Finding the key to happiness

By Kris Ferrazza | Oct 15, 2020

Never put the key to your happiness in someone else’s pocket.

I learned this message early on in life, but it wasn’t until recently I fully understood it. Or at least I thought I did. The epiphany came after I accidentally misplaced the key to my china closet.

Now to fully understand the gravity of this situation, I’d have to explain the relationship I’ve had with this antique cabinet. My father bought it for my mother years ago. I can’t remember if it was a birthday or an anniversary gift, but its arrival into our home was dramatic.

Everything about this china closet screamed “breakable.” And with five kids in the house, its mere existence was a recipe for disaster.

I remember my father muttering, “I need to have my head examined,” as he placed it carefully against a wall in a heavily trafficked area of our home. We got a stern lecture about avoiding any horseplay near or around the fragile antique, with its rounded glass front and ball and claw feet. It was a sight to behold, I must admit, and they heralded its arrival.

Over the years, there were many close calls, to be sure. We children had a habit of sliding on the floors in stockinged feet. That meant many of us ran and slid past, under and around the china closet daily, missing the glass by mere inches and eliciting gasps and gray hair from the grownups.

Cries of “look out for the china closet!” were heard on the regular. My parents would shield it with their bodies, protecting it from harm. Anytime my parents heard a crash and learned someone hit their head on the floor or a door frame, they’d express relief instead of alarm.

“At least it wasn’t the china closet,” they’d say.

Adding to the golden cabinet’s mystique was a keyhole. Yes, it had its very own key. A gleaming, old-fashioned key. My mother was the keeper of that key, and it was kept hidden away from our grubby hands and prying eyes.

That key was the holy grail of our childhood.

Sometimes my mom would have us turn our backs so she could hide the key. Other times she would muse aloud, “Now, where did I hide the key?” which only added to the intrigue. It was so secretive, even she didn’t know where it was half the time. Talk about your forbidden fruit.

The treasures the china closet held defied description. They ranged from antique glassware to beloved gifts my mother received as a young bride. There were antique china dolls and tiny silhouettes. All of these things were precious to her.

Over time, she started to put all of the things that were closest to her heart in there. They weren’t always valuable. I once presented her with a caterpillar I made using glass marbles and googly eyes. The worm wore a jaunty plastic top hat, as I recall, and was the product of an after-school meeting of the Brownies and Girl Scouts.

She proudly accepted the gift. I later noticed he was preserved under glass for all time, locked inside the china closet. What an honor.

Time passed, and we all grew up and left the nest. Incredibly, the china closet survived. In 1999, something shocking happened. I got married and, as the eldest child, my mother gave me the china closet as a wedding gift.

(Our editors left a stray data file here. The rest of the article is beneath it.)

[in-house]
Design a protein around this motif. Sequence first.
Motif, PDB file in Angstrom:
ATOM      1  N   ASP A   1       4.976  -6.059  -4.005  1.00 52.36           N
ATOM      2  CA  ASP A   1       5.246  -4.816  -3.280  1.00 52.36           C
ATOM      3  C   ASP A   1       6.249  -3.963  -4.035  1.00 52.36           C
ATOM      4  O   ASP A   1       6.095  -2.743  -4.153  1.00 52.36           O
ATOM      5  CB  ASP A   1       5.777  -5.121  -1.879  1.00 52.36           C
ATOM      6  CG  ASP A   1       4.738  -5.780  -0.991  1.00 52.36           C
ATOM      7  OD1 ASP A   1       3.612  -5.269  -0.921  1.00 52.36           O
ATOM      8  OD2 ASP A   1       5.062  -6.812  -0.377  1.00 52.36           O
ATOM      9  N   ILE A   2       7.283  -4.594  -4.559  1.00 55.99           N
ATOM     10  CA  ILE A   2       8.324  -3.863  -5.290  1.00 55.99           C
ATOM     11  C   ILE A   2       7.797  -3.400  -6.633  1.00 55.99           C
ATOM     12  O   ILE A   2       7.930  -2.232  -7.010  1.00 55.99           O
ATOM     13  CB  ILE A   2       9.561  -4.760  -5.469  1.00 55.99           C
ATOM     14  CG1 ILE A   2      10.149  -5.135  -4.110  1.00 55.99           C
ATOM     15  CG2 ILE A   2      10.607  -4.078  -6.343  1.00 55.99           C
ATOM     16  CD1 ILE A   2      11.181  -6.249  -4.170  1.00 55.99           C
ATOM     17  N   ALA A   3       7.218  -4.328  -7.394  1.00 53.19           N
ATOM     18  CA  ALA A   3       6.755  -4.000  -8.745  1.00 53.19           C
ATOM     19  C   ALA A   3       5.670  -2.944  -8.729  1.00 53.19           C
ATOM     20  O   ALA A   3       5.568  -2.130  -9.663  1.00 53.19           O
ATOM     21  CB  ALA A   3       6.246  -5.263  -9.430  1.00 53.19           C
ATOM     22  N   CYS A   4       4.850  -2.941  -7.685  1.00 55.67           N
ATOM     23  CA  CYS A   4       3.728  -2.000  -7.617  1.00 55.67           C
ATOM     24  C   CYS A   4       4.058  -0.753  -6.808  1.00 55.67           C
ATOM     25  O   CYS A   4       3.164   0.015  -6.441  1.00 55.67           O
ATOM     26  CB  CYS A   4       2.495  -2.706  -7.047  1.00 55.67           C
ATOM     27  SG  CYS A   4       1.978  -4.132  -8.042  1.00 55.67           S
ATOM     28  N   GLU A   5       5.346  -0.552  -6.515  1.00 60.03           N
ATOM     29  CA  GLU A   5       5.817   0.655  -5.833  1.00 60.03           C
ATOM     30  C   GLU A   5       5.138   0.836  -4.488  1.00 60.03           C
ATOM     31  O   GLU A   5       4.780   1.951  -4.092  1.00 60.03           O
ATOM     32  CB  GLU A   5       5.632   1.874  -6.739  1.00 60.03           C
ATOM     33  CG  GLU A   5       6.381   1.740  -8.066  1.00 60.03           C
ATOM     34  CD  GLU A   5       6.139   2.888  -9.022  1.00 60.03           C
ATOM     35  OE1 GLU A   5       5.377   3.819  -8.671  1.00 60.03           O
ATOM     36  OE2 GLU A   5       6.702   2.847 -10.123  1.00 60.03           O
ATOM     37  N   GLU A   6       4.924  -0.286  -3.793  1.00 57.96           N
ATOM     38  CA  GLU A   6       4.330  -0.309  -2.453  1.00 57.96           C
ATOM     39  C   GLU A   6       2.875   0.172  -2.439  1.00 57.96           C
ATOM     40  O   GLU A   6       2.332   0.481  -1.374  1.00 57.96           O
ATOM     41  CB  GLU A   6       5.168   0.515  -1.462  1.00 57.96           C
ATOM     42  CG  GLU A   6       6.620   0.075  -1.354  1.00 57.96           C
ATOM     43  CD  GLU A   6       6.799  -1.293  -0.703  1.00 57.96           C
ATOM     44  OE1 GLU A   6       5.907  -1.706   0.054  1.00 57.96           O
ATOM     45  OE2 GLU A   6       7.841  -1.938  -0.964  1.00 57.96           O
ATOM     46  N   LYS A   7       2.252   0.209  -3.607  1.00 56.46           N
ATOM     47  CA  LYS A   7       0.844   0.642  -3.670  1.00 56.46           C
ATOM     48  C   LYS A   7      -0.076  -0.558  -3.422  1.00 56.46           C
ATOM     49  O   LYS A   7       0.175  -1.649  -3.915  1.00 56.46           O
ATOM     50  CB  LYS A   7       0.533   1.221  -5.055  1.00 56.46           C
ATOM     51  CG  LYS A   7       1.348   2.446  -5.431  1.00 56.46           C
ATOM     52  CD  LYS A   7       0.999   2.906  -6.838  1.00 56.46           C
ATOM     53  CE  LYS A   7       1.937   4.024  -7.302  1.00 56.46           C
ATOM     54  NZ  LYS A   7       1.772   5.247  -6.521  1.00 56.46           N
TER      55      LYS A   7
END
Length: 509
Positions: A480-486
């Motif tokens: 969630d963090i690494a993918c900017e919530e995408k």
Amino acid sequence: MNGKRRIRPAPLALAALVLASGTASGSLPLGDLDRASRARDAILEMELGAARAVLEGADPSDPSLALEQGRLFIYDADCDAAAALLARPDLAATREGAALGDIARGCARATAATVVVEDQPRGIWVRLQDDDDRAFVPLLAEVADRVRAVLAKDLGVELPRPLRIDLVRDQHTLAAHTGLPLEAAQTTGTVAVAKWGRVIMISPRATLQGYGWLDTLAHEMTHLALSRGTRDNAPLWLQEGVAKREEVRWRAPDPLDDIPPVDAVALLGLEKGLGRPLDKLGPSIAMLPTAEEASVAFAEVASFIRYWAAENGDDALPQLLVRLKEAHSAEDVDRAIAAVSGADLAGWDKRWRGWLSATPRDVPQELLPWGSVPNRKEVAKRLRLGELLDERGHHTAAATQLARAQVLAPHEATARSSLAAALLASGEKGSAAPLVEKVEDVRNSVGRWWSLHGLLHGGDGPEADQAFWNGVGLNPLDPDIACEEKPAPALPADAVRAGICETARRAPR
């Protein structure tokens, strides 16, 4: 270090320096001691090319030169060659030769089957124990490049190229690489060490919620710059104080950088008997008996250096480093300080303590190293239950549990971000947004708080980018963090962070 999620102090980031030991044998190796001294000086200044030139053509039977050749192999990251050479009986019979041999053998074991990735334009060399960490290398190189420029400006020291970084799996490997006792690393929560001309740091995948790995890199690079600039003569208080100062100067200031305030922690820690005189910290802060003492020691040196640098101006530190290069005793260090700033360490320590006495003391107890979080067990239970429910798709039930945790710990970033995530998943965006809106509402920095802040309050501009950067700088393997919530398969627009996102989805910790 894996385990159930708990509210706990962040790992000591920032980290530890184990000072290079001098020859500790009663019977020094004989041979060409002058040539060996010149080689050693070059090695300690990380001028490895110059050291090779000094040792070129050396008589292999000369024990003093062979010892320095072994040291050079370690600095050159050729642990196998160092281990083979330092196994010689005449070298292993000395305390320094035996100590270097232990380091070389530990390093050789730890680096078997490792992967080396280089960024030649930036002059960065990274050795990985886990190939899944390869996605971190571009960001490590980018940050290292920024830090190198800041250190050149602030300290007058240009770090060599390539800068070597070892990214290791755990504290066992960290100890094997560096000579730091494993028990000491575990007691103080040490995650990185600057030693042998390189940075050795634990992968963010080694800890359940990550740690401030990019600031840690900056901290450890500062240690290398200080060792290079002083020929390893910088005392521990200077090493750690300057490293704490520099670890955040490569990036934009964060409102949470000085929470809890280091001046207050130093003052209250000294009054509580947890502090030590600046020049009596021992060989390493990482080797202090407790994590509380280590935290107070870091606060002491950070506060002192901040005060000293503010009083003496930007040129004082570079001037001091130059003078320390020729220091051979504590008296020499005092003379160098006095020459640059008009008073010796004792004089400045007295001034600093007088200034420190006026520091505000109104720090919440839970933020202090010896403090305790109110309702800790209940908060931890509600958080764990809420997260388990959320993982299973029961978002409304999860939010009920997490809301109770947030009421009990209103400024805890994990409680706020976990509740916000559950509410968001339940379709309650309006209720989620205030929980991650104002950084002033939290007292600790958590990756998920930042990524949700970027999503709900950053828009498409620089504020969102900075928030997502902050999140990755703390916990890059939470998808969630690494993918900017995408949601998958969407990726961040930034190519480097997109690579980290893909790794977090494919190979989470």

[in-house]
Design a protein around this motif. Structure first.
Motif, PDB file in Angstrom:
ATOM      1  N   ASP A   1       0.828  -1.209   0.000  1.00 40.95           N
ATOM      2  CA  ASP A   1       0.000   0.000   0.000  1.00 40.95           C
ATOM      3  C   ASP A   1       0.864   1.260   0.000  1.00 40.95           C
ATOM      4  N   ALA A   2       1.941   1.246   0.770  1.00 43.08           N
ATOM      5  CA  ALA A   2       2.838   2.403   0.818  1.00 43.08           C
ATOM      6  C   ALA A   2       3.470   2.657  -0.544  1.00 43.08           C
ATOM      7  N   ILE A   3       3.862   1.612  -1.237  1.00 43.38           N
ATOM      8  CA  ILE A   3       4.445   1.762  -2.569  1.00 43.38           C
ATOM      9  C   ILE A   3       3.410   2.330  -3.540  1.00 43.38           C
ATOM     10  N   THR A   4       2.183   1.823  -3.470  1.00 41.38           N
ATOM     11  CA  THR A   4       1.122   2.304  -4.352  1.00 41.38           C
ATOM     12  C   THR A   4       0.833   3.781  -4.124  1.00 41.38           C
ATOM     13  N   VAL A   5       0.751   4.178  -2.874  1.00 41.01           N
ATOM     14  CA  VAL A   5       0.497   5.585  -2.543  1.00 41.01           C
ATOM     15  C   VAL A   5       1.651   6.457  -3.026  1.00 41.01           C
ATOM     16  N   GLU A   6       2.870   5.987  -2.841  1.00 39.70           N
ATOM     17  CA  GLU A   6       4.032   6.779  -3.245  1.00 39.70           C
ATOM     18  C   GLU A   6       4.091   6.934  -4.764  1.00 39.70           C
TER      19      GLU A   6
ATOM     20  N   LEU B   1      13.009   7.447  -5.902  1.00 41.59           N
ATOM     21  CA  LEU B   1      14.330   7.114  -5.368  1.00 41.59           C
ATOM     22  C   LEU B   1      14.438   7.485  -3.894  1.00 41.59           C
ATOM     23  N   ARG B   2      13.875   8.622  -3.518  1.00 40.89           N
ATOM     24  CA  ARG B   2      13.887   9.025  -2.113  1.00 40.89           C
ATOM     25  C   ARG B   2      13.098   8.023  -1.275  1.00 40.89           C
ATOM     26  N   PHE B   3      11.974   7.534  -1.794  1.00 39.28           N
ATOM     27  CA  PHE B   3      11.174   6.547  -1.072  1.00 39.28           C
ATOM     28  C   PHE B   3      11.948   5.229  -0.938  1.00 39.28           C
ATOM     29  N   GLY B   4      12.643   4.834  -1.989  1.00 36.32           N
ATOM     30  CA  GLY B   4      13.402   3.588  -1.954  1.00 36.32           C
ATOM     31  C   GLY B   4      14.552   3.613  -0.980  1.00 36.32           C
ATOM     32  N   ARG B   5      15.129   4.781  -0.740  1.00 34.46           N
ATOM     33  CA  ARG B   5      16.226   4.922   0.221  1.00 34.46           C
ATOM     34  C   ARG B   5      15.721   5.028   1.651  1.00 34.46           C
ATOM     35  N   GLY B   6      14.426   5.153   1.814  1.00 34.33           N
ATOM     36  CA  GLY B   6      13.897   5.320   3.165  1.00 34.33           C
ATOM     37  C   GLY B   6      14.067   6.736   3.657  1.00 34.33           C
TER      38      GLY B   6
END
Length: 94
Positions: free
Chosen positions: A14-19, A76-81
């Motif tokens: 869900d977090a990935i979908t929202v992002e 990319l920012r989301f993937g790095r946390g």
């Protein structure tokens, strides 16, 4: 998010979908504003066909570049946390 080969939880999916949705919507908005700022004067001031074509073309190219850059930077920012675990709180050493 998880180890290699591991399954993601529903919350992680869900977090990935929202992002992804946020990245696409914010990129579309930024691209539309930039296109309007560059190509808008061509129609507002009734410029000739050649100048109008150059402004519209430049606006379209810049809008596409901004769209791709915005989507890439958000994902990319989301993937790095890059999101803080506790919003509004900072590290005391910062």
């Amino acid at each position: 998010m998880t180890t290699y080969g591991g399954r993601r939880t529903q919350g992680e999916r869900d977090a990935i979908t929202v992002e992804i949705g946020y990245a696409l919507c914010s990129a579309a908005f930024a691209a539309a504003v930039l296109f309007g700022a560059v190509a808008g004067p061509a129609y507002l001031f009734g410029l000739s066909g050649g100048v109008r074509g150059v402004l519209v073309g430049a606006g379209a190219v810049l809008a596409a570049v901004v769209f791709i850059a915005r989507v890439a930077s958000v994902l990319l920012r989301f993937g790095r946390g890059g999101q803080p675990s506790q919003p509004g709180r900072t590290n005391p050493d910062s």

Even more shocking, she still had the key.

She presented the key to me, along with the closet and the antique sherbet glasses that always were front and center on the top shelf. How could she bestow such a gift upon me? At first I didn’t even know what to say. Then almost immediately, I picked right up where she left off.

“Be careful of the china closet,” I would say. Now that I had my own home, I’d rise and stand in front of the glass to protect it from running nieces and nephews, my mother’s grandchildren.

Inside were the sherbet glasses, as well as gifts I received as a new bride. I added a few tiny portraits of friends who were near and dear to my heart, who had passed. There were arts and crafts projects my sisters’ kids created and lovingly given to me.

Once my own daughter came along, I added special baby gifts. There were pretty things, fragile things, precious things. Then there were worthless but sentimental items: birthday candles, souvenirs and tiny hair bows.

There’s no doubt I am my mother’s daughter.

Recently, we moved the china closet to renovate the living room, and emptied the cupboard where I’d kept the key hidden for 20 years. That upheaval led to a yearlong search for the key — the holy grail. I watched as the items inside the china closet grew dustier and dirtier, and I had no way to get into it.

My husband offered to pick the lock one day, but I wouldn’t hear of it.

“I’m sure it wouldn’t take much to get into it,” he said.

Nothing doing.

So last weekend, I ventured into the hayloft of my barn and went on a treasure hunt. Yes, I was in search of the holy grail.

I found the boxes from the cupboard, and started unwrapping newspaper and tissue paper. There were cups, cups and more cups. Tea cups, espresso cups, latte cups and baby cups. There were candles, tea pots, antique silhouettes and hand-painted vases from Italy. Sugar bowls, butter dishes and creamers. Salt and pepper shakers, wine glasses and water glasses.

On and on I went. But every discovery was a disappointment. I would unwrap the item, shake it, listen for the jingle of a key hidden inside, and then rewrap it. I did this for 20 minutes until I finally heard the telltale jingle.

Back inside the house, I unlocked the china closet and took out one especially grubby antique pitcher. I washed, dried and replaced it. Then, I looked at the dozens of other items and realized I didn’t have the energy to do any more.

So I twisted the gleaming key in the keyhole, breathed a sigh of contentment and hid the key once again.

And the beat goes on.

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